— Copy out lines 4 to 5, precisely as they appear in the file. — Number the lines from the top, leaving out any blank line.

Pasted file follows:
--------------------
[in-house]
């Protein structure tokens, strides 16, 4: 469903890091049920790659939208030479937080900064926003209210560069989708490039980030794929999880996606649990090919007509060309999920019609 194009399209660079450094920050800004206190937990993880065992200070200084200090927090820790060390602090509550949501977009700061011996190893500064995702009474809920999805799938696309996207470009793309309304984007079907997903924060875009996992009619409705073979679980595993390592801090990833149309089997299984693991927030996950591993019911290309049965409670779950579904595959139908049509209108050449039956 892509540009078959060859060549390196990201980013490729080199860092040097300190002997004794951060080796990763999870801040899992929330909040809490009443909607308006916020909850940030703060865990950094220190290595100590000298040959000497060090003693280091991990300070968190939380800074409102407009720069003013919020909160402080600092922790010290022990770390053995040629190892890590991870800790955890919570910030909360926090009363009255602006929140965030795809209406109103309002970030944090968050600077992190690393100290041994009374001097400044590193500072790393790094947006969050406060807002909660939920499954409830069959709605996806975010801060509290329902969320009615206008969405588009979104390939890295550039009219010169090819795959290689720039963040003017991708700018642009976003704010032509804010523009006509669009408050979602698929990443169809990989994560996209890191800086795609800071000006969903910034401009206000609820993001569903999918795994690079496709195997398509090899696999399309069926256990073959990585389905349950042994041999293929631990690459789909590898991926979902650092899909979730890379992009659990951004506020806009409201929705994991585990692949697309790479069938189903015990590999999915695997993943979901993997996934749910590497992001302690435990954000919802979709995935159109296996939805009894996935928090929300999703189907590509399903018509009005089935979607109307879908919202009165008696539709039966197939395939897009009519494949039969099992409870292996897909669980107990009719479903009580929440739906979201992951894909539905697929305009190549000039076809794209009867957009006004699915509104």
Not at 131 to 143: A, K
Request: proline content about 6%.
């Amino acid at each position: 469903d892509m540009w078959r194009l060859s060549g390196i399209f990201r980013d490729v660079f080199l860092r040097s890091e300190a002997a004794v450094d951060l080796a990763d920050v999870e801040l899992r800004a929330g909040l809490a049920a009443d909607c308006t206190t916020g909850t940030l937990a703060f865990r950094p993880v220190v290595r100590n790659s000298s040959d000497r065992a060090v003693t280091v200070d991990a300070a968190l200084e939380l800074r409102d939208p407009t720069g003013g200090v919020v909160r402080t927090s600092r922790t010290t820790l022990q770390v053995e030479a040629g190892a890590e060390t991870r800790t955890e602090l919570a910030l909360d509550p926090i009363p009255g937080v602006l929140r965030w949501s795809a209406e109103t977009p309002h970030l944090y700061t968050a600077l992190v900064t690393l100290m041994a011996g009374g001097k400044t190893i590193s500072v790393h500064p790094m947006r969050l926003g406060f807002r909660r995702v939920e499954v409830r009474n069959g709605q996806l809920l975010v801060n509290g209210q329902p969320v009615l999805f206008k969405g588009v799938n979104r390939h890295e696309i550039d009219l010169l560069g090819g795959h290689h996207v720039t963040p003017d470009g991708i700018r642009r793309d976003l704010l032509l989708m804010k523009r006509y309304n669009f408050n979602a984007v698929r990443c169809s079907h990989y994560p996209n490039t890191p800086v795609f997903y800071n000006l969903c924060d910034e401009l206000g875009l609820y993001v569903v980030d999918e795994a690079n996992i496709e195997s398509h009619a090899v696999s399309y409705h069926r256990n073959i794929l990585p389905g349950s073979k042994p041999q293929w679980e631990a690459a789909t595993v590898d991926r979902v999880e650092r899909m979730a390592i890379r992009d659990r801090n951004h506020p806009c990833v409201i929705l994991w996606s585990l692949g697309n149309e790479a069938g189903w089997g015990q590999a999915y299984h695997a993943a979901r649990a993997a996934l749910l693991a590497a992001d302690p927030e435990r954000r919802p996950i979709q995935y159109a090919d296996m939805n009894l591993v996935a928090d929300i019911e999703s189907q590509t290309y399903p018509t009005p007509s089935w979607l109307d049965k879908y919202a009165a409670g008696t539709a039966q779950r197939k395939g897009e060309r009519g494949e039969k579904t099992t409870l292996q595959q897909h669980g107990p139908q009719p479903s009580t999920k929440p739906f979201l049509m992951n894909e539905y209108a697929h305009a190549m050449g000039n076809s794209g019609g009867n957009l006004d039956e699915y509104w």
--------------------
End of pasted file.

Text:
Request: proline content about 6%.
């Amino acid at each position: 469903d892509m540009w078959r194009l060859s060549g390196i399209f990201r980013d490729v660079f080199l860092r040097s890091e300190a002997a004794v450094d951060l080796a990763d920050v999870e801040l899992r800004a929330g909040l809490a049920a009443d909607c308006t206190t916020g909850t940030l937990a703060f865990r950094p993880v220190v290595r100590n790659s000298s040959d000497r065992a060090v003693t280091v200070d991990a300070a968190l200084e939380l800074r409102d939208p407009t720069g003013g200090v919020v909160r402080t927090s600092r922790t010290t820790l022990q770390v053995e030479a040629g190892a890590e060390t991870r800790t955890e602090l919570a910030l909360d509550p926090i009363p009255g937080v602006l929140r965030w949501s795809a209406e109103t977009p309002h970030l944090y700061t968050a600077l992190v900064t690393l100290m041994a011996g009374g001097k400044t190893i590193s500072v790393h500064p790094m947006r969050l926003g406060f807002r909660r995702v939920e499954v409830r009474n069959g709605q996806l809920l975010v801060n509290g209210q329902p969320v009615l999805f206008k969405g588009v799938n979104r390939h890295e696309i550039d009219l010169l560069g090819g795959h290689h996207v720039t963040p003017d470009g991708i700018r642009r793309d976003l704010l032509l989708m804010k523009r006509y309304n669009f408050n979602a984007v698929r990443c169809s079907h990989y994560p996209n490039t890191p800086v795609f997903y800071n000006l969903c924060d910034e401009l206000g875009l609820y993001v569903v980030d999918e795994a690079n996992i496709e195997s398509h009619a090899v696999s399309y409705h069926r256990n073959i794929l990585p389905g349950s073979k042994p041999q293929w679980e631990a690459a789909t595993v590898d991926r979902v999880e650092r899909m979730a390592i890379r992009d659990r801090n951004h506020p806009c990833v409201i929705l994991w996606s585990l692949g697309n149309e790479a069938g189903w089997g015990q590999a999915y299984h695997a993943a979901r649990a993997a996934l749910l693991a590497a992001d302690p927030e435990r954000r919802p996950i979709q995935y159109a090919d296996m939805n009894l591993v996935a928090d929300i019911e999703s189907q590509t290309y399903p018509t009005p007509s089935w979607l109307d049965k879908y919202a009165a409670g008696t539709a039966q779950r197939k395939g897009e060309r009519g494949e039969k579904t099992t409870l292996q595959q897909h669980g107990p139908q009719p479903s009580t999920k929440p739906f979201l049509m992951n894909e539905y209108a697929h305009a190549m050449g000039n076809s794209g019609g009867n957009l006004d039956e699915y509104w």